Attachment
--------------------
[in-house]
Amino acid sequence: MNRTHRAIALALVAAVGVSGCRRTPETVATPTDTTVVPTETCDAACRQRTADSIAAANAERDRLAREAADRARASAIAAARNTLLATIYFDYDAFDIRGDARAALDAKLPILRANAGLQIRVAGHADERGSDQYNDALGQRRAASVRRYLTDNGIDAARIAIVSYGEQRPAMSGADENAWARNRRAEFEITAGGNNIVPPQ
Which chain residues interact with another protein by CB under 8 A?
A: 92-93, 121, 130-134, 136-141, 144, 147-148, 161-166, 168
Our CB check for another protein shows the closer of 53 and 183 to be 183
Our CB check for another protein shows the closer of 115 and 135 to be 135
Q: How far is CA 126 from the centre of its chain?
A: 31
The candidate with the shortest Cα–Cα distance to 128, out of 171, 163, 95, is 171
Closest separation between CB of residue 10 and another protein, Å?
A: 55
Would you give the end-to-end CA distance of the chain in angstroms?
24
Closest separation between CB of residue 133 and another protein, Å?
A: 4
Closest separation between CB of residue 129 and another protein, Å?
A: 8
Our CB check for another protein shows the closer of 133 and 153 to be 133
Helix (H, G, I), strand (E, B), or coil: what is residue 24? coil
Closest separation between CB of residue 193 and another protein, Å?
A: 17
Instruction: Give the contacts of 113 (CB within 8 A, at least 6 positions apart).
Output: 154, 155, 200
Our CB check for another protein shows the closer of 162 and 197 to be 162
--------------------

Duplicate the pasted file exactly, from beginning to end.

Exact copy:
[in-house]
Amino acid sequence: MNRTHRAIALALVAAVGVSGCRRTPETVATPTDTTVVPTETCDAACRQRTADSIAAANAERDRLAREAADRARASAIAAARNTLLATIYFDYDAFDIRGDARAALDAKLPILRANAGLQIRVAGHADERGSDQYNDALGQRRAASVRRYLTDNGIDAARIAIVSYGEQRPAMSGADENAWARNRRAEFEITAGGNNIVPPQ
Which chain residues interact with another protein by CB under 8 A?
A: 92-93, 121, 130-134, 136-141, 144, 147-148, 161-166, 168
Our CB check for another protein shows the closer of 53 and 183 to be 183
Our CB check for another protein shows the closer of 115 and 135 to be 135
Q: How far is CA 126 from the centre of its chain?
A: 31
The candidate with the shortest Cα–Cα distance to 128, out of 171, 163, 95, is 171
Closest separation between CB of residue 10 and another protein, Å?
A: 55
Would you give the end-to-end CA distance of the chain in angstroms?
24
Closest separation between CB of residue 133 and another protein, Å?
A: 4
Closest separation between CB of residue 129 and another protein, Å?
A: 8
Our CB check for another protein shows the closer of 133 and 153 to be 133
Helix (H, G, I), strand (E, B), or coil: what is residue 24? coil
Closest separation between CB of residue 193 and another protein, Å?
A: 17
Instruction: Give the contacts of 113 (CB within 8 A, at least 6 positions apart).
Output: 154, 155, 200
Our CB check for another protein shows the closer of 162 and 197 to be 162